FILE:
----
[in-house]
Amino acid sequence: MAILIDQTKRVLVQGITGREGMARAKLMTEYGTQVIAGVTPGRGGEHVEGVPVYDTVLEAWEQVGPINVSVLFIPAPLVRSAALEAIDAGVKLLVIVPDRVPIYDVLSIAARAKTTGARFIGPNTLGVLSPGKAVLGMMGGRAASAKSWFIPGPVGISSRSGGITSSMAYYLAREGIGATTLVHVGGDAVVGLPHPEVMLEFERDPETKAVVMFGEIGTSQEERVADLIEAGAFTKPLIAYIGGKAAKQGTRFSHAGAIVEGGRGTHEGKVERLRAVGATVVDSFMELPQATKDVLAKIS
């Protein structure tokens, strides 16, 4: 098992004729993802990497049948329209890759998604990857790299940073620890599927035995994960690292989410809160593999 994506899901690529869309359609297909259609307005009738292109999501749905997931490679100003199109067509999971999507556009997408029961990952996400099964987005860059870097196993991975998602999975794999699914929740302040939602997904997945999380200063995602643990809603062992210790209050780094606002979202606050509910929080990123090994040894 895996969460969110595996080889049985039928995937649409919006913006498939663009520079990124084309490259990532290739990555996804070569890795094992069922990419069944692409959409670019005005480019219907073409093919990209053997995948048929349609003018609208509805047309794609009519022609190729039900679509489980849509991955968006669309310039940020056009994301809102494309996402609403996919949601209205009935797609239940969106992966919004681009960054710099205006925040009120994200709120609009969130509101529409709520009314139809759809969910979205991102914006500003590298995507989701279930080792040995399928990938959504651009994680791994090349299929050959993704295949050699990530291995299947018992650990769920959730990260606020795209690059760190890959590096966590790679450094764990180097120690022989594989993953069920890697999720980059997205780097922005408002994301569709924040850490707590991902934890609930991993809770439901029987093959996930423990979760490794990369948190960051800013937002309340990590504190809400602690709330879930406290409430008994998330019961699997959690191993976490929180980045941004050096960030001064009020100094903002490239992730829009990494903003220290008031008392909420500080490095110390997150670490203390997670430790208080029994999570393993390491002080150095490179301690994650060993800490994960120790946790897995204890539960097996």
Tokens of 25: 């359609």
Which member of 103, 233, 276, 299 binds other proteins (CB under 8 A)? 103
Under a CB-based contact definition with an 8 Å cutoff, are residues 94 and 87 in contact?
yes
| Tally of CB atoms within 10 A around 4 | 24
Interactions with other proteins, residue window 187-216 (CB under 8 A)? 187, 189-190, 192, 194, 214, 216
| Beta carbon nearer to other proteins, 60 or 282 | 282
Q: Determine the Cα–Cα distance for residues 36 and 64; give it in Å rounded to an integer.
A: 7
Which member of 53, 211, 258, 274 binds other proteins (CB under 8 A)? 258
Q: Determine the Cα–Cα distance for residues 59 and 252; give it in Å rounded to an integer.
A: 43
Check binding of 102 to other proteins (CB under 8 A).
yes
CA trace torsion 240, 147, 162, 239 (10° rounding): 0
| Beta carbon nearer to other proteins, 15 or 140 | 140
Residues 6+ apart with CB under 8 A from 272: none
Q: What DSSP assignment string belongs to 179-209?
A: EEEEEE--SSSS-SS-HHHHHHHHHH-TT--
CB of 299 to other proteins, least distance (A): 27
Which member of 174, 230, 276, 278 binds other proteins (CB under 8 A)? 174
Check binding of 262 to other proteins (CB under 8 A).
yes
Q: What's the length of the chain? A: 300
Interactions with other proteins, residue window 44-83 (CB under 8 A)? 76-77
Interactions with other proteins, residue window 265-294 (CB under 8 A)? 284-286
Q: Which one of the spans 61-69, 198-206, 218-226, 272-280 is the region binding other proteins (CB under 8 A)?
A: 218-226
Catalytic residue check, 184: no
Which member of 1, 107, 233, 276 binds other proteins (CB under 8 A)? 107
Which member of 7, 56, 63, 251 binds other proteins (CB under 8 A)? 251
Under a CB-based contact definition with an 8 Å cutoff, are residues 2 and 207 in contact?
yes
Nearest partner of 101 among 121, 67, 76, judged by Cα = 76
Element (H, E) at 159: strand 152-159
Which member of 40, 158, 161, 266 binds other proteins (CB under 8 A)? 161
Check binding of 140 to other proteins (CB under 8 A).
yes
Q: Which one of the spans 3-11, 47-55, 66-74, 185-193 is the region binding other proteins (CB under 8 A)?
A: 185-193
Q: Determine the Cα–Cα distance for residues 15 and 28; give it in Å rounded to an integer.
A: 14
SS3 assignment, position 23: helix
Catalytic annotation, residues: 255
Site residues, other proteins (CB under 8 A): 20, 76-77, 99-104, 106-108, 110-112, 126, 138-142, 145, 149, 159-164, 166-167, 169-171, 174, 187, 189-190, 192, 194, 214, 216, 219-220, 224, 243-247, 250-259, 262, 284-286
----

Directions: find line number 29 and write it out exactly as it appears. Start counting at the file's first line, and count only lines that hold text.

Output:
Interactions with other proteins, residue window 265-294 (CB under 8 A)? 284-286